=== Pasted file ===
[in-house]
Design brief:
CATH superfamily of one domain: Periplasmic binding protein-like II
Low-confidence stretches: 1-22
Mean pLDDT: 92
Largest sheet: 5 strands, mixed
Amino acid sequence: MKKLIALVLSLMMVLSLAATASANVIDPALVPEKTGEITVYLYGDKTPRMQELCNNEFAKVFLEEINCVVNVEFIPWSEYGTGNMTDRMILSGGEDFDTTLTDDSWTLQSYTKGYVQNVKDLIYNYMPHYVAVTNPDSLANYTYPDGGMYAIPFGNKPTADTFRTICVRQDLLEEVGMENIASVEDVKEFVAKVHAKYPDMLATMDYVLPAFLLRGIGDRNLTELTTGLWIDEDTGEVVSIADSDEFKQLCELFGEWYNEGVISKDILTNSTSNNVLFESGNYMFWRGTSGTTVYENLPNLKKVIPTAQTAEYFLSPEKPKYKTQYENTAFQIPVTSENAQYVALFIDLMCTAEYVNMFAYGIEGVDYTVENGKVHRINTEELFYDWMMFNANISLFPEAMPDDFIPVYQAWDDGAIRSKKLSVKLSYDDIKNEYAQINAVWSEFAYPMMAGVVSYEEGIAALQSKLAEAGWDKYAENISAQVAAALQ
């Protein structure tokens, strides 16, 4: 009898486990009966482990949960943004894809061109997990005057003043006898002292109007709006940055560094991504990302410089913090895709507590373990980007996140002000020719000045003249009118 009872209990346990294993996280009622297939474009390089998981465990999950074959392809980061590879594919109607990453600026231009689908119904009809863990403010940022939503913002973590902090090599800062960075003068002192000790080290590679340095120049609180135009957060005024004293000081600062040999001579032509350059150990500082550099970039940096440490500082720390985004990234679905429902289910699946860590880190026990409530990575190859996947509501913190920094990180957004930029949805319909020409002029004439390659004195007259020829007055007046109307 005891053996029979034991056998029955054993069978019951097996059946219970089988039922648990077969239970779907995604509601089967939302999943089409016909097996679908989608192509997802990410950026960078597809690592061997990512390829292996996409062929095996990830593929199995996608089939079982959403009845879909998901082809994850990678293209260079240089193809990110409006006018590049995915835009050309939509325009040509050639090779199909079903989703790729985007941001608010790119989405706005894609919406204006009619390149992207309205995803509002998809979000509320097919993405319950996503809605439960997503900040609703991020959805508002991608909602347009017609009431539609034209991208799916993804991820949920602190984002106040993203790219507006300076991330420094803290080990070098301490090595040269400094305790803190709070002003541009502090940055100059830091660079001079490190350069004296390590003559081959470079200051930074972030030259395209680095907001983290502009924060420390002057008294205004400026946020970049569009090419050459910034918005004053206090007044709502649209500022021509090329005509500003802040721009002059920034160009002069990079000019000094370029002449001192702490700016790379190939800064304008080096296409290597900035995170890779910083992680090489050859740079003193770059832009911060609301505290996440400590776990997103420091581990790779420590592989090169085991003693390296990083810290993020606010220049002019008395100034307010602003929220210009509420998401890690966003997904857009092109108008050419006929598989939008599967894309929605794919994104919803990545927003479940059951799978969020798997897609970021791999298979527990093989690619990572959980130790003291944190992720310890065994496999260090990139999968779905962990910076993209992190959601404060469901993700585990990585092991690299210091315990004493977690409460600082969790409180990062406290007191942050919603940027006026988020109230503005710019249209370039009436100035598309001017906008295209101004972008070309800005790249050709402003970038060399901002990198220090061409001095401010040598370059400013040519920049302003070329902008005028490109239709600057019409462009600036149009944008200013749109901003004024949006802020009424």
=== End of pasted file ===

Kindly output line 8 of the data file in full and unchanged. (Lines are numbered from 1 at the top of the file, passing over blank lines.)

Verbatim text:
């Protein structure tokens, strides 16, 4: 009898486990009966482990949960943004894809061109997990005057003043006898002292109007709006940055560094991504990302410089913090895709507590373990980007996140002000020719000045003249009118 009872209990346990294993996280009622297939474009390089998981465990999950074959392809980061590879594919109607990453600026231009689908119904009809863990403010940022939503913002973590902090090599800062960075003068002192000790080290590679340095120049609180135009957060005024004293000081600062040999001579032509350059150990500082550099970039940096440490500082720390985004990234679905429902289910699946860590880190026990409530990575190859996947509501913190920094990180957004930029949805319909020409002029004439390659004195007259020829007055007046109307 005891053996029979034991056998029955054993069978019951097996059946219970089988039922648990077969239970779907995604509601089967939302999943089409016909097996679908989608192509997802990410950026960078597809690592061997990512390829292996996409062929095996990830593929199995996608089939079982959403009845879909998901082809994850990678293209260079240089193809990110409006006018590049995915835009050309939509325009040509050639090779199909079903989703790729985007941001608010790119989405706005894609919406204006009619390149992207309205995803509002998809979000509320097919993405319950996503809605439960997503900040609703991020959805508002991608909602347009017609009431539609034209991208799916993804991820949920602190984002106040993203790219507006300076991330420094803290080990070098301490090595040269400094305790803190709070002003541009502090940055100059830091660079001079490190350069004296390590003559081959470079200051930074972030030259395209680095907001983290502009924060420390002057008294205004400026946020970049569009090419050459910034918005004053206090007044709502649209500022021509090329005509500003802040721009002059920034160009002069990079000019000094370029002449001192702490700016790379190939800064304008080096296409290597900035995170890779910083992680090489050859740079003193770059832009911060609301505290996440400590776990997103420091581990790779420590592989090169085991003693390296990083810290993020606010220049002019008395100034307010602003929220210009509420998401890690966003997904857009092109108008050419006929598989939008599967894309929605794919994104919803990545927003479940059951799978969020798997897609970021791999298979527990093989690619990572959980130790003291944190992720310890065994496999260090990139999968779905962990910076993209992190959601404060469901993700585990990585092991690299210091315990004493977690409460600082969790409180990062406290007191942050919603940027006026988020109230503005710019249209370039009436100035598309001017906008295209101004972008070309800005790249050709402003970038060399901002990198220090061409001095401010040598370059400013040519920049302003070329902008005028490109239709600057019409462009600036149009944008200013749109901003004024949006802020009424």